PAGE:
Problem report: Struct aliasing problem causes Thread_Ready_Chain corruption in 22.214.171.124
Thomas.Doerfler at embedded-brains.de
Wed Nov 29 14:31:53 UTC 2006
Ralf Corsepius schrieb:
> On Wed, 2006-11-29 at 08:49 +0100, Thomas Doerfler wrote:
>> Ralf Corsepius schrieb:
>>> * HUGE projects such as Fedora and OpenSuSE are able to compile 1000's
>>> of source tarballs and millions of lines of code with it enabled and are
>>> only facing very few packages to break?
>>> * GCC and newlib can be compiled with it enabled for RTEMS?
>> Oh, please note: the RTEMS kernel and packages can also be compiled with
>> this option. And they also work MOST of the time. But this is not
>> sufficent for a reliable RTOS.
> Are you seriously trying to say, such fundamental bugs would not be
> found in those 1000's of source tarballs, in all those _years_
> -fstrict-aliasing is effective, if this was a real problem?
No, I would not dare to set such a silly statement.
Just for the records:
- Software that has been designed in a "cleaner" way concerning its data
structures and their usage surely has no problems with the strict
- RTEMS definitively has problems.
- Some people on the RTEMS list have stated, that they are not sure
whether their application/BSP/OS code will always honor the strict
> Unfortunately RTEMS is one of these!
>> What is your suggestion to find other potential problem areas?
> I can tell you what I've been trying so far (but I am at just at the
> very beginning):
> Compile RTEMS with and with out -fno-strict-aliasing, disassemble the
> object files and compare the disassembly. If these disassembled files
> differ, this a files is qualified to be candidate to be examined.
This is a good aproach. It will show us, which modules might be
sensitive for aliasing issues.
> This results into a list of candidate files to be examined (in the order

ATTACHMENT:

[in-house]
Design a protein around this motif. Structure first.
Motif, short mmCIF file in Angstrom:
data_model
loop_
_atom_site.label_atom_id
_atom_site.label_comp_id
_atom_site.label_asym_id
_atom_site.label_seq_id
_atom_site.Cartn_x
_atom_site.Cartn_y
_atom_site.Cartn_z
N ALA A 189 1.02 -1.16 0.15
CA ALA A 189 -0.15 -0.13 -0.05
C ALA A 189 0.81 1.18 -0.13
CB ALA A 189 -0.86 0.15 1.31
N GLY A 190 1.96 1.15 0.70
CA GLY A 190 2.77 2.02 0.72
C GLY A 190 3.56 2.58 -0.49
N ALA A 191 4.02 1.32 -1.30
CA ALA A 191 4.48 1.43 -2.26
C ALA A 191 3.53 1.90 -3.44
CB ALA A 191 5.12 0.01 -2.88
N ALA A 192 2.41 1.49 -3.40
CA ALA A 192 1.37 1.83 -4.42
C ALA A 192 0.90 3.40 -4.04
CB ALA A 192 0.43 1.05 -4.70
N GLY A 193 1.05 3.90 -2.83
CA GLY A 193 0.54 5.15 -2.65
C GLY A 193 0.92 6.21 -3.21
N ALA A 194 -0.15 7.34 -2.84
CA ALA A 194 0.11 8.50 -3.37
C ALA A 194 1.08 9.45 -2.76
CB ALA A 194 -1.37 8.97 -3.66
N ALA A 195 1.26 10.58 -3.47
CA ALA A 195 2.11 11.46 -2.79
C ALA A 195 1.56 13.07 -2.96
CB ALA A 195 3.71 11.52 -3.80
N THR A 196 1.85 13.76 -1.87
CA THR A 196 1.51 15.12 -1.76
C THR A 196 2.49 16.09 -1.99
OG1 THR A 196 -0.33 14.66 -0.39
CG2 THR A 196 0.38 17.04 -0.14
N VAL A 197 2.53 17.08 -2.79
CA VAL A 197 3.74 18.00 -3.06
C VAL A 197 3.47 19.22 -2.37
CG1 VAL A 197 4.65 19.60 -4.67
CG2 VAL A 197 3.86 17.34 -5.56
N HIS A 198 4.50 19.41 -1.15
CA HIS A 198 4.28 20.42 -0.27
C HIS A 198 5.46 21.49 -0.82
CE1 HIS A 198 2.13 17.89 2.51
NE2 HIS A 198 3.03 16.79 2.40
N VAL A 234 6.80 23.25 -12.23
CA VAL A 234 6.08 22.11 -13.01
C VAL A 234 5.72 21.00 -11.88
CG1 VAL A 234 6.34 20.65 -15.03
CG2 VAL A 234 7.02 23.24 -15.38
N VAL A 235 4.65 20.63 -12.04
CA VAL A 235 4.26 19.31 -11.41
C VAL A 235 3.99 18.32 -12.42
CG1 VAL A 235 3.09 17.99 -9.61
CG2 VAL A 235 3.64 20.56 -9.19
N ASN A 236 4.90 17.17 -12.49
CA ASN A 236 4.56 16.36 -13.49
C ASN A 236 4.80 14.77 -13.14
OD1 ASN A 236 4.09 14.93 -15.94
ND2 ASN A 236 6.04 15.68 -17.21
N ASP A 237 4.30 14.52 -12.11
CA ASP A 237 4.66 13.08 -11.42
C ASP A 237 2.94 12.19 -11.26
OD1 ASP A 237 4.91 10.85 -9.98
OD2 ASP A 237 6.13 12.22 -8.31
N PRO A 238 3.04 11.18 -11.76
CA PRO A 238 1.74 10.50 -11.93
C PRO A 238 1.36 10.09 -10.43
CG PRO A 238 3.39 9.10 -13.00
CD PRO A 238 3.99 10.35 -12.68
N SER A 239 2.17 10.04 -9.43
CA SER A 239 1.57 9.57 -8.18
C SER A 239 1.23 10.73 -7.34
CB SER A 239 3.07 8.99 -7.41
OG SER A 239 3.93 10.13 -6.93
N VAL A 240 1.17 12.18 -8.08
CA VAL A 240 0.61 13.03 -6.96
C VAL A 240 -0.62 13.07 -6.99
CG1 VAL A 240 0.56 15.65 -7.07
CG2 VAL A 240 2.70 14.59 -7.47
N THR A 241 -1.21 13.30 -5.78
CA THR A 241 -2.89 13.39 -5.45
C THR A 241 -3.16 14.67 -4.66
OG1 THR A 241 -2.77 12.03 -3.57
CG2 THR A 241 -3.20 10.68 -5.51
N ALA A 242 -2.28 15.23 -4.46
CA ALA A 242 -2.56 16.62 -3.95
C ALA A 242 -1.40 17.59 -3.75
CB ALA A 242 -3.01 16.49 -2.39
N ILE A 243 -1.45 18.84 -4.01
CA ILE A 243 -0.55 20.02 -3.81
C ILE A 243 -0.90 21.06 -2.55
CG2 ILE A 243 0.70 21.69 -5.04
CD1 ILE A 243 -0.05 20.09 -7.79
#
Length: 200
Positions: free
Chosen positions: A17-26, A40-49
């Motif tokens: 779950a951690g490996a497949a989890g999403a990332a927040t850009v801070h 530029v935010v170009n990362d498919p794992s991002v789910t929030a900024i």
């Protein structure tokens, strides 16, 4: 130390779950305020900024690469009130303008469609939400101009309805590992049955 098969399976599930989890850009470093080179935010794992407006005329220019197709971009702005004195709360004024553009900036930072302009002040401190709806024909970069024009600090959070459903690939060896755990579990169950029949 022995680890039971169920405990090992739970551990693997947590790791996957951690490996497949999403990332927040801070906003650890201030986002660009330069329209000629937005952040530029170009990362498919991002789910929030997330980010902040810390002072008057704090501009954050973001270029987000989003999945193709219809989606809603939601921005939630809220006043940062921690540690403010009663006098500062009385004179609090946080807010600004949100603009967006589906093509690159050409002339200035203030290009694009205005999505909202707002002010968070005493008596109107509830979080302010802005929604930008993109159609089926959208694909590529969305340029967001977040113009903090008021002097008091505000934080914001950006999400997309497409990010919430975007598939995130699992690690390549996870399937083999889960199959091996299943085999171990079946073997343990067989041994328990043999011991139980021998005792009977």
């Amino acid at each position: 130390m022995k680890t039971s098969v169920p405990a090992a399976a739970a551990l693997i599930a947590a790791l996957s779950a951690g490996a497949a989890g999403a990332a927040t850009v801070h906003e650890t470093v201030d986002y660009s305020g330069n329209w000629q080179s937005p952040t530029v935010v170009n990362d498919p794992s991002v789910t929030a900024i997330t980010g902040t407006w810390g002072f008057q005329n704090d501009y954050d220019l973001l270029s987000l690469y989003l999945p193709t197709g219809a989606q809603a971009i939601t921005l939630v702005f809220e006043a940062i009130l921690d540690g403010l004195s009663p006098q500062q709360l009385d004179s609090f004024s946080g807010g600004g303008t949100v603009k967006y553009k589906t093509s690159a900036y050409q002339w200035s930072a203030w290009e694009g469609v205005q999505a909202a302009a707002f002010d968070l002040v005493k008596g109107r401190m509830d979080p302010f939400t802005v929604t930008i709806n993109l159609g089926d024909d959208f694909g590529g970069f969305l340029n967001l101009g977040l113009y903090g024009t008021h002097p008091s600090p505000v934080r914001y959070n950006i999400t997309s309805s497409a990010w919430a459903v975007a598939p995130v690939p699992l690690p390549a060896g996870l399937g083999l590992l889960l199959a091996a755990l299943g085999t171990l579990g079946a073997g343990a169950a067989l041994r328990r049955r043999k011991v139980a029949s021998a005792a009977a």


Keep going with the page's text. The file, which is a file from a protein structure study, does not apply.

> of 100). It definitely contains many false positives, due
> -fno-strict-aliasing affecting ordering of asm-instructions,
> nevertheless this list is better than nothing.
Keep in mind: It will only list the modules which generate different
code with the default -fstrict-aliasing on the current GCC version. We
should track this in future releases to ensure, that better optimizers
will not bring up new issues.
>>> Our problem is lack of testing (primary cause: way too long release
>> Here I must totally disagree.
> Face it: RTEMS users are still using ancient tools with ancient version
> of RTEMS, therefore rtems-4.7 and its toolchain has hardly seen any
> public exposure and testing at all.
I think this is partly due to the fact, that RTEMS is used in embedded
devices. When I start a development based on RTEMS, I may be open to use
a non-stable version, but when my product finalizes, I need a stable
version. This may be a big difference compared with most of the other
open source projects.
But you are right, a broader test community (and more snapshots) would
>> You will never fix this problem by
>> testing. The effort to track down ONE error has been significantly high.
> Yes, and? How many errors are there? 1 ... 10 ... 100s?
> I suspect very few, with most of them orbiting around "Chains" and
> "Object", due to their working principle (based on aliasing types).
How about the network stack, the web server, the filesystem,
malloc/free... and the individual BSPs.
>>>>> 2.) We set "-fno-strict-aliasing" now and forever
>>> With all due respect, but to me, this would be "plain stupid".
>> Ralf, again with due respect, can you please explain me why it is stupid?
> The ... forever ... is stupid.
> RTEMS code is dirty and needs to be cleaned up, that's the point.
Agreed. I also would like to have strict aliasing-proof code as a future
goal. And I see that setting -fno-strict-aliasing temporarily will put
the pressure out of this goal (which is a benefit for the users but a
bad thing to reach this goal).
>> Ralf, I agree with you that it would be nicer to have aliasing-proof code
>> from the start, but I see no easy way to get it soon.
> Therefore _temporary_, therefore NO -fno-strict-aliasing in rtems-4.8.
Ok, this is sort of a compromise.
> We must provoke these bugs to be able to "nail them down" and not pamper
> them with "-fno-strict-aliasing".
Maybe the following steps would make sense:
- Somebody (Ralf?) might track down the suspect modules by Ralfs method
to compare the compiler output (using an archtiecture with MANY
optimization headroom. PPC is not so bad due to its many general purpose
registers, but maybe another architecture is better)
- The various suspect packages could be redesigned by some suitable
persons (I would volunteer for some of the code)
- In parallel, 4.7 will be cut with -fno-strict-aliasing
- the 4.8 development branch will temporarily use -fno-strict-aliasing
aswell, until the code has been revised
- Then, the 4.8 development branch will switch back to -fstrict-aliasing
AND enable more aliasing warnings (there was some GCC switch to do this)
What do all of you think of this?
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